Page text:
Commissioner Margrethe Vestager, responsible for competition policy, said: "There are many diseases with only a limited number of effective and safe treatments. Inflammatory bowel disease is one such case. It is a lifelong condition with devastating effects on people's lives. Therefore, it is essential that companies continue developing promising new products to treat it. We can today approve the merger between Shire and Takeda, but only subject to the divestment of the product that Shire is developing to treat the disease and which could have been lost through the merger. This will preserve innovation in this market and, importantly, increase the choice of treatments for patients.”
The Commission's investigation
The Commission's investigation focused on treatments for inflammatory bowel disease (IBD), and in particular on biologic treatments for the disease, where Shire's and Takeda's activities overlap.
IBD is a lifelong disease, with patients often being diagnosed at a young age. Conventional treatments, such as anti-inflammatory drugs and corticosteroids, have limited effect and patients are therefore prescribed biologic treatments when the disease becomes more severe.
Takeda alreadyoffers a biologic treatment for IBD, called Entyvio, which belongs to a class of biologic treatments called "anti-integrins". This type of treatment has the advantage of being safer to use, by elderly or very young patients and patients with existing medical issues or that have reacted badly to medication in the past. For some IBD patients, anti-integrins are the only type of biologic that can be prescribed.
Shire is currently developing a biologic treatment belonging to the same class of biologics, anti-integrins. It would therefore be expected to compete closely with Entyvio once it reaches the market.
The Commission was concerned that the takeover, as originally notified, would lead to a loss of innovation and a reduction in potential future competition.
In particular, the Commission's market investigation found that Takeda would be unlikely to continue developing Shire's new anti-integrin treatment. This would have meant a serious loss of innovation on a market where patients currently have few treatment options available to them. It would have also prevented a product from reaching the market that could compete with Entyvio and reduce prices for this type of biologic treatment.
The proposed remedies
To address the Commission's competition concerns, Takeda offered to divest Shire's pipeline product that is expected to compete with Entyvio, including the rights to its development, manufacturing and marketing, to a purchaser that would have an incentive to develop the drug.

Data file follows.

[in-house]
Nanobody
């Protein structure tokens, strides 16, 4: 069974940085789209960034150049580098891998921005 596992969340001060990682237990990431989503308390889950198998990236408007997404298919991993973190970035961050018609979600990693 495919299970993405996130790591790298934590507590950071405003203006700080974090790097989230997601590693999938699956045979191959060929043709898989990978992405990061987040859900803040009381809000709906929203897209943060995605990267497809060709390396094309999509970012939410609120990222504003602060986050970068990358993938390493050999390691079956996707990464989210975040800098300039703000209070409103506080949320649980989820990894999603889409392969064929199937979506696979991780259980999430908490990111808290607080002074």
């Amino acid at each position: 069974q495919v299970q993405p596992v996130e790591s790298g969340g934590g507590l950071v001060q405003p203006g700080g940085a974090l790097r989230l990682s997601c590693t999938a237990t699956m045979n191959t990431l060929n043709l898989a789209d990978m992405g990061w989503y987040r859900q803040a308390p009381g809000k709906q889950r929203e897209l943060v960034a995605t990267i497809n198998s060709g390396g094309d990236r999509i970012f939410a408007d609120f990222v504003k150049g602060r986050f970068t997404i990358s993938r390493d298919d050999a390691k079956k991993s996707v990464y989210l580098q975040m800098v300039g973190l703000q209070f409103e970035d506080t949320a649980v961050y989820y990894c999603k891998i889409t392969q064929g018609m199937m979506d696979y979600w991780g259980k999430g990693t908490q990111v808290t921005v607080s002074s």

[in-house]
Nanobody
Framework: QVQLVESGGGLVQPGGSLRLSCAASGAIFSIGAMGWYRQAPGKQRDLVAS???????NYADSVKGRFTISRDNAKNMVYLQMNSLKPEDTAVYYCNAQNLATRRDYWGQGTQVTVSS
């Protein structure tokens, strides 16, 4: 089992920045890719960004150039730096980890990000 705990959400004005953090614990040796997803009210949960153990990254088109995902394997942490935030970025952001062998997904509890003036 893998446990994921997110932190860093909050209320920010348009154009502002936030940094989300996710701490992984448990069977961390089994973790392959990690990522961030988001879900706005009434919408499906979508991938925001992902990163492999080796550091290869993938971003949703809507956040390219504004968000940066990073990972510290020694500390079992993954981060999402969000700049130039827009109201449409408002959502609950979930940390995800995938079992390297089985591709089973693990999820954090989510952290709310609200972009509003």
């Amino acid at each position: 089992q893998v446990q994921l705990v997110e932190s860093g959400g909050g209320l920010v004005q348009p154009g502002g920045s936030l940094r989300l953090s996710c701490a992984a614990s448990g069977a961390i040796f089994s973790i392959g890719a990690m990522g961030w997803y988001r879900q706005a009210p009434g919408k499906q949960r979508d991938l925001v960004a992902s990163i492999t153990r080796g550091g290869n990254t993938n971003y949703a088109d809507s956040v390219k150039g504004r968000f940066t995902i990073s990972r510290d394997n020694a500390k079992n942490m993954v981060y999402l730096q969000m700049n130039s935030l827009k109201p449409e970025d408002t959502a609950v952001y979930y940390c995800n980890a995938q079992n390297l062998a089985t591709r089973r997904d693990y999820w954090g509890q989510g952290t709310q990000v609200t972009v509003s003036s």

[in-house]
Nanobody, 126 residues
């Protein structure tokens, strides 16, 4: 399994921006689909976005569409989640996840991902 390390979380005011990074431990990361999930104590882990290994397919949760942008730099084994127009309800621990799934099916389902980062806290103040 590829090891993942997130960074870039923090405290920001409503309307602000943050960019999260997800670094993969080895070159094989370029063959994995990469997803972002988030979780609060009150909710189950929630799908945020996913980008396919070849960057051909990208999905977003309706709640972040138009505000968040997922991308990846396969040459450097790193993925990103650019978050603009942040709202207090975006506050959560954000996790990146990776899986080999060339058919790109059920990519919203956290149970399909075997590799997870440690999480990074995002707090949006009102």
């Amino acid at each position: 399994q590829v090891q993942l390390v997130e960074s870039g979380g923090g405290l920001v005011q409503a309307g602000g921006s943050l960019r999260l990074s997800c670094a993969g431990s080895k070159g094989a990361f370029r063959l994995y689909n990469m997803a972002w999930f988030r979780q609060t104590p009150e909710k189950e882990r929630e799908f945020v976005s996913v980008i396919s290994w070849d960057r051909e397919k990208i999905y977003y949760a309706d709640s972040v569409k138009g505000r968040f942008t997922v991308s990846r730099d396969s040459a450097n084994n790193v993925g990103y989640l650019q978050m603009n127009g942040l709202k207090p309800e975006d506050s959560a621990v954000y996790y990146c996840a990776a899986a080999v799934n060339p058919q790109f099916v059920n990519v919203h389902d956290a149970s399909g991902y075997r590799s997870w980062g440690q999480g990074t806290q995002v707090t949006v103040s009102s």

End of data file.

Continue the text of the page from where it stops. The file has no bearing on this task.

The commitments thus fully remove the overlap between Takeda's and Shire's activities on the market where the Commission had identified competition concerns.
Therefore, the Commission concluded that the proposed transaction, as modified by the commitments, would no longer raise competition concerns. The decision is conditional upon full compliance with the commitments.
Takeda Pharmaceutical Company Limited, headquartered in Japan, is a global pharmaceutical company active in four main therapeutic areas: oncology, gastroenterology, neuroscience and vaccines.
Shire plc, headquartered in Ireland, is a global biopharmaceutical company, which specialises in developing treatments for rare diseases across a range of therapeutic areas including immunology, haematology, neuroscience, gastroenterology and genetic diseases.
Merger control rules and procedures
The transaction was notified to the Commission on 28 September 2018.
The Commission has the duty to assess mergers and acquisitions involving companies with a turnover above certain thresholds (see Article 1 of the Merger Regulation) and to prevent concentrations that would significantly impede effective competition in the EEA or any substantial part of it.
The vast majority of notified mergers do not pose competition problems and are cleared after a routine review. From the moment a transaction is notified, the Commission generally has a total of 25 working days to decide whether to grant approval (Phase I) or to start an in-depth investigation (Phase II). This deadline is extended to 35 working days in cases where remedies are submitted by the parties, such as in this case.